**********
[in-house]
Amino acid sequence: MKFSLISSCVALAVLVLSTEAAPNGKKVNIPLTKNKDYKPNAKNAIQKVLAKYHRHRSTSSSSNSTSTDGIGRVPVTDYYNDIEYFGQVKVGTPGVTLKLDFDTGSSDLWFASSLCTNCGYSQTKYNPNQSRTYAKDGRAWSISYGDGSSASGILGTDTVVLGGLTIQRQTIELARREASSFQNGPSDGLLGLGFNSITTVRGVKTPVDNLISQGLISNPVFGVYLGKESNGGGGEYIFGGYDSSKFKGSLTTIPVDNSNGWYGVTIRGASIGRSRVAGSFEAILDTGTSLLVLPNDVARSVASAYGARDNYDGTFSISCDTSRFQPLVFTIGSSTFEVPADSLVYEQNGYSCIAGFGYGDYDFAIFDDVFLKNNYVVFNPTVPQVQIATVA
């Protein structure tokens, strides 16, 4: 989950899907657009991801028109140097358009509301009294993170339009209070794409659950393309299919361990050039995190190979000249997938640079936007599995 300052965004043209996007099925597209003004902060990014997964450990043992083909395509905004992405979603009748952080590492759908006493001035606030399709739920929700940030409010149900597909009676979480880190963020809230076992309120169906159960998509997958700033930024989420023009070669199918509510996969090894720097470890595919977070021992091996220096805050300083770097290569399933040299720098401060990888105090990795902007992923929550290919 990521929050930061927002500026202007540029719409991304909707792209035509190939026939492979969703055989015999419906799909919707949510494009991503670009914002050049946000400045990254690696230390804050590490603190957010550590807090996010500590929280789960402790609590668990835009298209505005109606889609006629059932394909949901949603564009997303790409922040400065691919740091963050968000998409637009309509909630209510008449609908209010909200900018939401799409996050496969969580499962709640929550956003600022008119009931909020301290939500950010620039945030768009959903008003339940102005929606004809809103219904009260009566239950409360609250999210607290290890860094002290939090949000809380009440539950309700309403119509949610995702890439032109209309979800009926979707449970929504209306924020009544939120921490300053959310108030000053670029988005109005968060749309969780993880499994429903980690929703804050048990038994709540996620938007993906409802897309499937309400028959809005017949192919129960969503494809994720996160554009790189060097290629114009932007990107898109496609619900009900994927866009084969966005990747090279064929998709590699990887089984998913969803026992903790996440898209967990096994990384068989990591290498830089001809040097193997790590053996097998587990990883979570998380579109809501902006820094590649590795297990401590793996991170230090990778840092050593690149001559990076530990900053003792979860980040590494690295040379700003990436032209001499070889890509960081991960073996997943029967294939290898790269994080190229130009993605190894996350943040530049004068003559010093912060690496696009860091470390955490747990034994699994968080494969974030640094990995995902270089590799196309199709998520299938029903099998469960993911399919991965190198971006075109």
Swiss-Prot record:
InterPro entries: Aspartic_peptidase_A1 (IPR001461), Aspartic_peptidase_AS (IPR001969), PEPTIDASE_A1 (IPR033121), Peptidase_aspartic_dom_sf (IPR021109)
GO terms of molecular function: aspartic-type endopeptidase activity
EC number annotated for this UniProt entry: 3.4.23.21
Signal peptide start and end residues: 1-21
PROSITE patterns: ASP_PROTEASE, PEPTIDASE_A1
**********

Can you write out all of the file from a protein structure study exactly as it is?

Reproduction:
[in-house]
Amino acid sequence: MKFSLISSCVALAVLVLSTEAAPNGKKVNIPLTKNKDYKPNAKNAIQKVLAKYHRHRSTSSSSNSTSTDGIGRVPVTDYYNDIEYFGQVKVGTPGVTLKLDFDTGSSDLWFASSLCTNCGYSQTKYNPNQSRTYAKDGRAWSISYGDGSSASGILGTDTVVLGGLTIQRQTIELARREASSFQNGPSDGLLGLGFNSITTVRGVKTPVDNLISQGLISNPVFGVYLGKESNGGGGEYIFGGYDSSKFKGSLTTIPVDNSNGWYGVTIRGASIGRSRVAGSFEAILDTGTSLLVLPNDVARSVASAYGARDNYDGTFSISCDTSRFQPLVFTIGSSTFEVPADSLVYEQNGYSCIAGFGYGDYDFAIFDDVFLKNNYVVFNPTVPQVQIATVA
């Protein structure tokens, strides 16, 4: 989950899907657009991801028109140097358009509301009294993170339009209070794409659950393309299919361990050039995190190979000249997938640079936007599995 300052965004043209996007099925597209003004902060990014997964450990043992083909395509905004992405979603009748952080590492759908006493001035606030399709739920929700940030409010149900597909009676979480880190963020809230076992309120169906159960998509997958700033930024989420023009070669199918509510996969090894720097470890595919977070021992091996220096805050300083770097290569399933040299720098401060990888105090990795902007992923929550290919 990521929050930061927002500026202007540029719409991304909707792209035509190939026939492979969703055989015999419906799909919707949510494009991503670009914002050049946000400045990254690696230390804050590490603190957010550590807090996010500590929280789960402790609590668990835009298209505005109606889609006629059932394909949901949603564009997303790409922040400065691919740091963050968000998409637009309509909630209510008449609908209010909200900018939401799409996050496969969580499962709640929550956003600022008119009931909020301290939500950010620039945030768009959903008003339940102005929606004809809103219904009260009566239950409360609250999210607290290890860094002290939090949000809380009440539950309700309403119509949610995702890439032109209309979800009926979707449970929504209306924020009544939120921490300053959310108030000053670029988005109005968060749309969780993880499994429903980690929703804050048990038994709540996620938007993906409802897309499937309400028959809005017949192919129960969503494809994720996160554009790189060097290629114009932007990107898109496609619900009900994927866009084969966005990747090279064929998709590699990887089984998913969803026992903790996440898209967990096994990384068989990591290498830089001809040097193997790590053996097998587990990883979570998380579109809501902006820094590649590795297990401590793996991170230090990778840092050593690149001559990076530990900053003792979860980040590494690295040379700003990436032209001499070889890509960081991960073996997943029967294939290898790269994080190229130009993605190894996350943040530049004068003559010093912060690496696009860091470390955490747990034994699994968080494969974030640094990995995902270089590799196309199709998520299938029903099998469960993911399919991965190198971006075109």
Swiss-Prot record:
InterPro entries: Aspartic_peptidase_A1 (IPR001461), Aspartic_peptidase_AS (IPR001969), PEPTIDASE_A1 (IPR033121), Peptidase_aspartic_dom_sf (IPR021109)
GO terms of molecular function: aspartic-type endopeptidase activity
EC number annotated for this UniProt entry: 3.4.23.21
Signal peptide start and end residues: 1-21
PROSITE patterns: ASP_PROTEASE, PEPTIDASE_A1